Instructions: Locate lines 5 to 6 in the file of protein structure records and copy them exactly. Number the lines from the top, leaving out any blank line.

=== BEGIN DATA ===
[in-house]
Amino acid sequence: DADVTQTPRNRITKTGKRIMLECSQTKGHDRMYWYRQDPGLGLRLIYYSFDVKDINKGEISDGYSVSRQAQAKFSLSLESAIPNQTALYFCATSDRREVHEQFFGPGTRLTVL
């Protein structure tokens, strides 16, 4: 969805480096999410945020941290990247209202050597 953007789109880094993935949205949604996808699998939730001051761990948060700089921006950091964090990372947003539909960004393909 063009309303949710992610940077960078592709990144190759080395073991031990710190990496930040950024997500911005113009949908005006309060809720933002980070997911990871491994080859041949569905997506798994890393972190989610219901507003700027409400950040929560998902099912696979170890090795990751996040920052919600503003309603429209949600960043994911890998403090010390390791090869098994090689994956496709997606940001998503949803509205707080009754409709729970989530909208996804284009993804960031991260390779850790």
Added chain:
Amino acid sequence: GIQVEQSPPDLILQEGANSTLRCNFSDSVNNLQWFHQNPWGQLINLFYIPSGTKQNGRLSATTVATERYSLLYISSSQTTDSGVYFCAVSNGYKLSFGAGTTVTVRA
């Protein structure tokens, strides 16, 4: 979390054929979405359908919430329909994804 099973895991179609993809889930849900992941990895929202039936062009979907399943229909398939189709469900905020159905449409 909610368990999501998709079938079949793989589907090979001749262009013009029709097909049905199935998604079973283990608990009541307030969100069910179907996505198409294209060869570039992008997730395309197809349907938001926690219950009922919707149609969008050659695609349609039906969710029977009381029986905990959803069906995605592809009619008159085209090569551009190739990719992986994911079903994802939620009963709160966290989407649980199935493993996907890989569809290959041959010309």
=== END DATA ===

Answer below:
Amino acid sequence: GIQVEQSPPDLILQEGANSTLRCNFSDSVNNLQWFHQNPWGQLINLFYIPSGTKQNGRLSATTVATERYSLLYISSSQTTDSGVYFCAVSNGYKLSFGAGTTVTVRA
């Protein structure tokens, strides 16, 4: 979390054929979405359908919430329909994804 099973895991179609993809889930849900992941990895929202039936062009979907399943229909398939189709469900905020159905449409 909610368990999501998709079938079949793989589907090979001749262009013009029709097909049905199935998604079973283990608990009541307030969100069910179907996505198409294209060869570039992008997730395309197809349907938001926690219950009922919707149609969008050659695609349609039906969710029977009381029986905990959803069906995605592809009619008159085209090569551009190739990719992986994911079903994802939620009963709160966290989407649980199935493993996907890989569809290959041959010309």